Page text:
An İstanbul prosecutor has demanded a 15-year sentence for each of 83 academics from Yıldız Technical University for alleged membership in the Gülen movement, which is accused by the government of masterminding a failed coup attempt on July 15, the state-run TRThaber reported on Tuesday.
According to the report, prosecutor Mehmet Şenay Baygın, from the bureau of terrorism and organized crime, completed an indictment for 83 academics, 21 of whom are already in jail. Baygın asked the court for sentences ranging from seven-and-a-half years to 15 years for the academics on charges of being members of “FETÖ,” a derogatory term coined by the Justice and Development Party (AKP) government to refer to members of the Gülen movement.
On Friday prosecutors issued detention warrants for 37 academics at İstanbul Technical University (İTÜ) over alleged links to the Gülen movement.
In a similar operation, 19 people including academics from Gaziosmanpaşa University were detained in the central province of Tokat on Friday due to alleged links to the faith-based Gülen movement.
Over 135,000 people, including 20,000 academics, have been purged, some 90,000 people were detained and in excess of 43,000 people have been jailed in witch-hunt operations that were launched by the ruling AKP against the Gülen movement following a coup attempt on July 15 that killed over 240 people and wounded more than a thousand others.
Strongly denying having any role in the putsch, Fethullah Gülen called for an international investigation into the coup attempt, but President Recep Tayyip Erdoğan — calling the coup attempt “a gift from God” — and the government initiated a widespread purge aimed at cleansing sympathizers of the movement from within state institutions, dehumanizing its popular figures and putting them in custody.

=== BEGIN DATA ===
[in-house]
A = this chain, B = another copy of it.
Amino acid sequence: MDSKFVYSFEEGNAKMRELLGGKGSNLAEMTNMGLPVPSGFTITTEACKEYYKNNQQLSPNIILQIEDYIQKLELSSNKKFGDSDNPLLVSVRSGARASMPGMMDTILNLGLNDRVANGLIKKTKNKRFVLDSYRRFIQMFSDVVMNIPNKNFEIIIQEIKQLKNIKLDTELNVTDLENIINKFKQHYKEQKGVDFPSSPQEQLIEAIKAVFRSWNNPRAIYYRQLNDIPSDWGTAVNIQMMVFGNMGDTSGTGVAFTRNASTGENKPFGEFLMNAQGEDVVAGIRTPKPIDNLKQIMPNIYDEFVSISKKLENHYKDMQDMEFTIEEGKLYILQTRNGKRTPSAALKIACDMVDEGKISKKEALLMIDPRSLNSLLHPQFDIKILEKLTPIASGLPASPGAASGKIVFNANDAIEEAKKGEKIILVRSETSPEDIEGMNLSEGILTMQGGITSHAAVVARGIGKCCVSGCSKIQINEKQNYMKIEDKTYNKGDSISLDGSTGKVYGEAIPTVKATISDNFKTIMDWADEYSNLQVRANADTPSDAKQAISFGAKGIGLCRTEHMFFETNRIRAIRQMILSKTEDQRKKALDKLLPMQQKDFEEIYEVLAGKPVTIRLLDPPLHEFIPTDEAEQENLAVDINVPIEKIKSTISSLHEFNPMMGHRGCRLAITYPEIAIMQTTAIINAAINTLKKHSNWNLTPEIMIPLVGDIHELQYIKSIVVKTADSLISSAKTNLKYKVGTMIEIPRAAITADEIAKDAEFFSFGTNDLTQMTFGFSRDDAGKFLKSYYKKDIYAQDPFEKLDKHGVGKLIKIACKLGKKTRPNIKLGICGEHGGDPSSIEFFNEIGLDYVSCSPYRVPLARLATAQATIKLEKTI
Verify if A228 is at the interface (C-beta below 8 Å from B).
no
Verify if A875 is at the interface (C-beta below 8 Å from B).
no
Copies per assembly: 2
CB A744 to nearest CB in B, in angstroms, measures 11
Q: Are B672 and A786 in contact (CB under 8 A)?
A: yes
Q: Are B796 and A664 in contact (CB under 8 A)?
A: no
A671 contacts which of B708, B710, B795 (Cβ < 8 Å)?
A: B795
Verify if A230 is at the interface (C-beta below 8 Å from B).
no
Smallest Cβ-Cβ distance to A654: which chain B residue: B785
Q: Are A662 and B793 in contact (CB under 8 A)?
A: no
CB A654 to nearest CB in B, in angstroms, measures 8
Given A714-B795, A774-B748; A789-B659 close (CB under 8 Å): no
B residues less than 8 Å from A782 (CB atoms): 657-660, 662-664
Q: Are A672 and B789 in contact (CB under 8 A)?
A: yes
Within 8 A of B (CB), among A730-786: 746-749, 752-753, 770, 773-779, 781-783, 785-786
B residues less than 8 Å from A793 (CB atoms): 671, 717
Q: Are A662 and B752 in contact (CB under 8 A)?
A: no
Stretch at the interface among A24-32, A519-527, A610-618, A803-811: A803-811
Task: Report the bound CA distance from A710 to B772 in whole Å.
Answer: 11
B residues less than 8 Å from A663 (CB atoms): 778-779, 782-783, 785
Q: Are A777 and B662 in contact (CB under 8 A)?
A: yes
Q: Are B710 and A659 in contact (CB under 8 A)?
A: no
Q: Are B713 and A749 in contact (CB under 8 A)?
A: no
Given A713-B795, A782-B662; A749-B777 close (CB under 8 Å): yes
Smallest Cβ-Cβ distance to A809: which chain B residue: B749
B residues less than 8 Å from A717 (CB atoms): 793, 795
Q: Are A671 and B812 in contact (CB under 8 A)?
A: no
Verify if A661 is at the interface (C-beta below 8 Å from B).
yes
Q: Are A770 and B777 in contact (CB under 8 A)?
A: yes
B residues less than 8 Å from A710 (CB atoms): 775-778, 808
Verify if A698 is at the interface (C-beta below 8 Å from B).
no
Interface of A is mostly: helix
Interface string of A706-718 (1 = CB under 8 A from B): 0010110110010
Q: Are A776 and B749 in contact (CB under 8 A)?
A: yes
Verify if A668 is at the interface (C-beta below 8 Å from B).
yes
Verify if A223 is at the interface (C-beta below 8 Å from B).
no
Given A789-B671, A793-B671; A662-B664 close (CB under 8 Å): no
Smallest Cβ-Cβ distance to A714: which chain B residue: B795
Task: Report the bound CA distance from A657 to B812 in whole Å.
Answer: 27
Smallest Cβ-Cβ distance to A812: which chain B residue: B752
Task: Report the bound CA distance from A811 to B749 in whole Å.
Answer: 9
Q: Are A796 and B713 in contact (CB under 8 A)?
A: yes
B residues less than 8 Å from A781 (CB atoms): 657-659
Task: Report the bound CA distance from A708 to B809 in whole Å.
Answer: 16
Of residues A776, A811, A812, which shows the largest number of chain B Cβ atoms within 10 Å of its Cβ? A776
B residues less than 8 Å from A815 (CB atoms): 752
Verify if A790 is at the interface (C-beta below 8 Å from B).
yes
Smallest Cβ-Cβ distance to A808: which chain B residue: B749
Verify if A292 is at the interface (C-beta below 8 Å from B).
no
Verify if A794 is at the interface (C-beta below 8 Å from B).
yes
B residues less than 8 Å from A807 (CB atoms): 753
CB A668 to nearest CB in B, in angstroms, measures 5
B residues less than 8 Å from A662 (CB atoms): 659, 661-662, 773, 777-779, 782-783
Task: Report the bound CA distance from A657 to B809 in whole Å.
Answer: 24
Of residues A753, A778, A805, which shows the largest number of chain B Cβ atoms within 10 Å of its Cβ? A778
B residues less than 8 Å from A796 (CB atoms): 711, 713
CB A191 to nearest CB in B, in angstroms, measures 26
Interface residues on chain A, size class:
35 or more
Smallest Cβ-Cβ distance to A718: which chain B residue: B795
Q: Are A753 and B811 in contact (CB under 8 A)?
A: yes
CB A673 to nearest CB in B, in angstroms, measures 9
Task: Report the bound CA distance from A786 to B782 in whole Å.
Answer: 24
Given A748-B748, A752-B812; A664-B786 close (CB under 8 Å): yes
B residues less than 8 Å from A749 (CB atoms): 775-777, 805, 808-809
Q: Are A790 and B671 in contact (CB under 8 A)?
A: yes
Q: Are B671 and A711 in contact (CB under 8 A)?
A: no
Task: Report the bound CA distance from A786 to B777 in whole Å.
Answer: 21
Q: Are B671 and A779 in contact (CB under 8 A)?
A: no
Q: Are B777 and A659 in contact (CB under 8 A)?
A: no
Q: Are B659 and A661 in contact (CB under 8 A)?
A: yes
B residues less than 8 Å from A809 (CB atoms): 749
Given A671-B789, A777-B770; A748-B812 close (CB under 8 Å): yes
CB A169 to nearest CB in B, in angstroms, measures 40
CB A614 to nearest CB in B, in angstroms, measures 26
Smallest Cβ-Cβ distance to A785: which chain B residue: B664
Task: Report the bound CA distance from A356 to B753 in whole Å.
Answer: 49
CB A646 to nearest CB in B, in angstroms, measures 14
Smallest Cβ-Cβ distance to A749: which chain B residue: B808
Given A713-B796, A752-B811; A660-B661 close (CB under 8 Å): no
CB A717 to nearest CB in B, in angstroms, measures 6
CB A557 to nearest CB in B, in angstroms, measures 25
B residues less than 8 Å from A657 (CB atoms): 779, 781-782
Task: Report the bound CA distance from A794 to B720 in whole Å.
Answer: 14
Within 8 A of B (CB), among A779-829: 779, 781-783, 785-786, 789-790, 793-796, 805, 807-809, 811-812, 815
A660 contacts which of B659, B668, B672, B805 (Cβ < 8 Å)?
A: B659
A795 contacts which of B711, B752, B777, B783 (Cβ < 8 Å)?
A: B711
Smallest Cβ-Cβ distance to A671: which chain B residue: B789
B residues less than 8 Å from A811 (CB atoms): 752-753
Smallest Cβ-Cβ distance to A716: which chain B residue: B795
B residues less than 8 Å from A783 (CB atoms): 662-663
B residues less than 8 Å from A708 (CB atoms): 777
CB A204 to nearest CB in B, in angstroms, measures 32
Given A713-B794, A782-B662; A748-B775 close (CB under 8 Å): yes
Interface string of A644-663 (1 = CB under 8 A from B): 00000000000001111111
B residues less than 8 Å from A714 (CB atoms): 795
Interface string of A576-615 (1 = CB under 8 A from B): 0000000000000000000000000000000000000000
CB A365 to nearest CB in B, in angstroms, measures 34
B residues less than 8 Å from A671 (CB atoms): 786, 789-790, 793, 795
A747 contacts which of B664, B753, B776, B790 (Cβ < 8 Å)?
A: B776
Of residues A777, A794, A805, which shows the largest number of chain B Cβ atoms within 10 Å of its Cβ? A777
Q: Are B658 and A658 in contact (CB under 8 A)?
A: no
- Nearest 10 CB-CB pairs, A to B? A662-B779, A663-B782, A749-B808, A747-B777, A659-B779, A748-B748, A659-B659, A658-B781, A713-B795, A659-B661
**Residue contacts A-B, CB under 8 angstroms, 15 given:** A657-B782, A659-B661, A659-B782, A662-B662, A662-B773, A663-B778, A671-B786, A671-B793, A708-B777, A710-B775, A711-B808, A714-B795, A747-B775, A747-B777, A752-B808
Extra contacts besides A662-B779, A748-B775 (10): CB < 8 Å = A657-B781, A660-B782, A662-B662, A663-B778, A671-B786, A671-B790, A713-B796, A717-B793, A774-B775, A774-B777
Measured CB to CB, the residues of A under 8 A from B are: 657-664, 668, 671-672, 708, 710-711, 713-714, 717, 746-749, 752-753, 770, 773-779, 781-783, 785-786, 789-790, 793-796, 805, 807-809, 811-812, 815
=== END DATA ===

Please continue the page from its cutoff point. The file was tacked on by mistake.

A report prepared by the EU Intelligence Analysis Centre (IntCen) has revealed that although Erdoğan and the Turkish government immediately put the blame for the July 15 failed coup attempt on the faith-based Gülen movement, the coup attempt was staged by a range of Erdoğan’s opponents due to fears of an impending purge, according to a report by The Times newspaper last week.
The European intelligence contradicts the Turkish government’s claim that Turkish-Islamic scholar Gülen, a cleric living in self-exile whose views inspired the movement, was behind the plot to overthrow the Turkish government.